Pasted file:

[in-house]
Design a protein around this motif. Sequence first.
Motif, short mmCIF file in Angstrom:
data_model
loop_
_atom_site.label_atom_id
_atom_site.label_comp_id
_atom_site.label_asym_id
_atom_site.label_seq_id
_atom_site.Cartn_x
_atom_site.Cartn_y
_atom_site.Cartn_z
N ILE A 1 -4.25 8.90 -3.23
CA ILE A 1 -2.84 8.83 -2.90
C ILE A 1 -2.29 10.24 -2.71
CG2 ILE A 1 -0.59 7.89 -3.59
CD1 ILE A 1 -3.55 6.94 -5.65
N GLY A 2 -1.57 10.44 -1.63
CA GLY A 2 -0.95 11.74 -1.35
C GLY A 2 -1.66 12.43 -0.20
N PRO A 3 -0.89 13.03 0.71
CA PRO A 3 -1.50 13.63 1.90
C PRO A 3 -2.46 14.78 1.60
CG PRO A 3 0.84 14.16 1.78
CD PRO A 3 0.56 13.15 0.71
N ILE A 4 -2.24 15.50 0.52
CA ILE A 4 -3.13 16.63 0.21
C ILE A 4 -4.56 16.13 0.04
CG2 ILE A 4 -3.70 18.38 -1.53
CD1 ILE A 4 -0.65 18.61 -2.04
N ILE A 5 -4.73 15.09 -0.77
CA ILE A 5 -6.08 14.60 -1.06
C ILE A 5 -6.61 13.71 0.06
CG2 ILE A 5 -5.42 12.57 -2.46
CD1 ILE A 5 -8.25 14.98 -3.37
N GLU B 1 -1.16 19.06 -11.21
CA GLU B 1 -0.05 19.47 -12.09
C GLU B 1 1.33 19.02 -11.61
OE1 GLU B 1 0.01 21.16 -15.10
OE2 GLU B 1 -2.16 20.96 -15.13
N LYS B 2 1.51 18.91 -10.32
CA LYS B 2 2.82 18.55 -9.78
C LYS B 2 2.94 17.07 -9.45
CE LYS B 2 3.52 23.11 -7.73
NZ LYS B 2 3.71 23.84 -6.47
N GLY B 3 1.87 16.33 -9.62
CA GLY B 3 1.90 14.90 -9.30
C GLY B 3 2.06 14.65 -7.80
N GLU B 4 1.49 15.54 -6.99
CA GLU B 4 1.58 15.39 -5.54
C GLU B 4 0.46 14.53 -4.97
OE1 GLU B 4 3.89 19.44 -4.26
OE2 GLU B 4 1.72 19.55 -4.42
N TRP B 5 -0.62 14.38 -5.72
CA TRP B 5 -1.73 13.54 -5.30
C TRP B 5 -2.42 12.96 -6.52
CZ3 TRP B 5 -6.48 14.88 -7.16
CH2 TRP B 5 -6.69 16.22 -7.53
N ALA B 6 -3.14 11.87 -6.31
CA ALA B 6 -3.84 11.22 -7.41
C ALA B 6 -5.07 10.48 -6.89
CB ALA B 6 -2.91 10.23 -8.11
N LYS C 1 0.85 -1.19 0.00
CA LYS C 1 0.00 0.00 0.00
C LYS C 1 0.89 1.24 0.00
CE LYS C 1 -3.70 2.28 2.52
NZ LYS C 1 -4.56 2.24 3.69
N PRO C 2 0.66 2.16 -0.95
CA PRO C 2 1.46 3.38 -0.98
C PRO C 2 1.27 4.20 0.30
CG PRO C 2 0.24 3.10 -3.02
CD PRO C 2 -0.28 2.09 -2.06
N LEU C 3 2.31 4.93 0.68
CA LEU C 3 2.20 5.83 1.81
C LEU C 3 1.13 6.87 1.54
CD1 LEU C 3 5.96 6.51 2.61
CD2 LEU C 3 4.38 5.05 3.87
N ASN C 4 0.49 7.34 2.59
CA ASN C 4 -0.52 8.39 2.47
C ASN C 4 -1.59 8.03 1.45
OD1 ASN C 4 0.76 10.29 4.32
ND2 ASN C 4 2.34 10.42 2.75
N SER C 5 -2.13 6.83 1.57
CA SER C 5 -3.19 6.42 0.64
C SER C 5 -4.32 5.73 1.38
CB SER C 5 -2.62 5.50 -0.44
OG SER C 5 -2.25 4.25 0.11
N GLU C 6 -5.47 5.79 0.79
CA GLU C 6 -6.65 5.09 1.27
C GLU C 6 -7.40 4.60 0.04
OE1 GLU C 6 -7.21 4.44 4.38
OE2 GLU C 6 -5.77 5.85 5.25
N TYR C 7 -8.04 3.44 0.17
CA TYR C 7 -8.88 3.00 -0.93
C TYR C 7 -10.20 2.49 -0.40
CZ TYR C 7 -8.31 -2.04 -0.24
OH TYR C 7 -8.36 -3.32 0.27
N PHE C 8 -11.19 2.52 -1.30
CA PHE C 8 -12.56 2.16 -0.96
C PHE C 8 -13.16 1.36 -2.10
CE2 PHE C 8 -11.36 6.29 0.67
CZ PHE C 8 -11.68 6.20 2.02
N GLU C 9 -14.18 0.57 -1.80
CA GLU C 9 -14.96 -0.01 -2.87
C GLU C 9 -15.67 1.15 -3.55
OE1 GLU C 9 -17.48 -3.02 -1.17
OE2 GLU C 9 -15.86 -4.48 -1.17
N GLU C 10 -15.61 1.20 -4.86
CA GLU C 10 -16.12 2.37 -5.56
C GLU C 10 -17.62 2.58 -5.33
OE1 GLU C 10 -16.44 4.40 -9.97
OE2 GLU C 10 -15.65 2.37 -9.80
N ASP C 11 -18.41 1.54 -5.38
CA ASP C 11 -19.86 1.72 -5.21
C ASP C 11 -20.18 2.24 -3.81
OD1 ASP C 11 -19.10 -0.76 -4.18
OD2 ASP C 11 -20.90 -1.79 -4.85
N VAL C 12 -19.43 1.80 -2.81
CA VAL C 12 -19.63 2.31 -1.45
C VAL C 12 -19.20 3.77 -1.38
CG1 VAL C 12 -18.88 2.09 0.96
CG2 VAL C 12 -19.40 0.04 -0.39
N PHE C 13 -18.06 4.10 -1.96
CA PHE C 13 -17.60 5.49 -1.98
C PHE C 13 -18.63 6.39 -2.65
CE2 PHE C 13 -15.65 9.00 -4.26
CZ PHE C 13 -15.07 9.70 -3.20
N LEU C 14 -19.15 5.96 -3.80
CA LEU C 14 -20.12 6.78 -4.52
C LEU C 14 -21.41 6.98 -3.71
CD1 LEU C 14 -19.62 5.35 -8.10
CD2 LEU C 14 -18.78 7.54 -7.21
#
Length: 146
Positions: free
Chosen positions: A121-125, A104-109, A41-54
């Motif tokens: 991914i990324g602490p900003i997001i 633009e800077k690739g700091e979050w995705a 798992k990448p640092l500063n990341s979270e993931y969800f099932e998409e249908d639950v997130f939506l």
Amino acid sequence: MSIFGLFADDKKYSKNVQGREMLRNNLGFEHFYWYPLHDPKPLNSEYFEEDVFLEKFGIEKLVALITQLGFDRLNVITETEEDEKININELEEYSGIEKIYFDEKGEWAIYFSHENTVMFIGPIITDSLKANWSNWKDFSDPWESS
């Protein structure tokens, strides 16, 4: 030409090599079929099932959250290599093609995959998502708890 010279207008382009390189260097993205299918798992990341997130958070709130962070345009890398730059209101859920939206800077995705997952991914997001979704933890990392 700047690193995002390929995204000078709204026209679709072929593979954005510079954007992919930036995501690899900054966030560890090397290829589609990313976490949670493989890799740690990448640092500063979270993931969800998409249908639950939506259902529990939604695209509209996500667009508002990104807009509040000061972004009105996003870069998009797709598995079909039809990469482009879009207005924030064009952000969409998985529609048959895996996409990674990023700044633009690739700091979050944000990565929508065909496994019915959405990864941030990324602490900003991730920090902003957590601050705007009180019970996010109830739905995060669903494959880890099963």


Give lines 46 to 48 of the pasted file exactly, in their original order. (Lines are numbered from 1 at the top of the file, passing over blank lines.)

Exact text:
N GLY B 3 1.87 16.33 -9.62
CA GLY B 3 1.90 14.90 -9.30
C GLY B 3 2.06 14.65 -7.80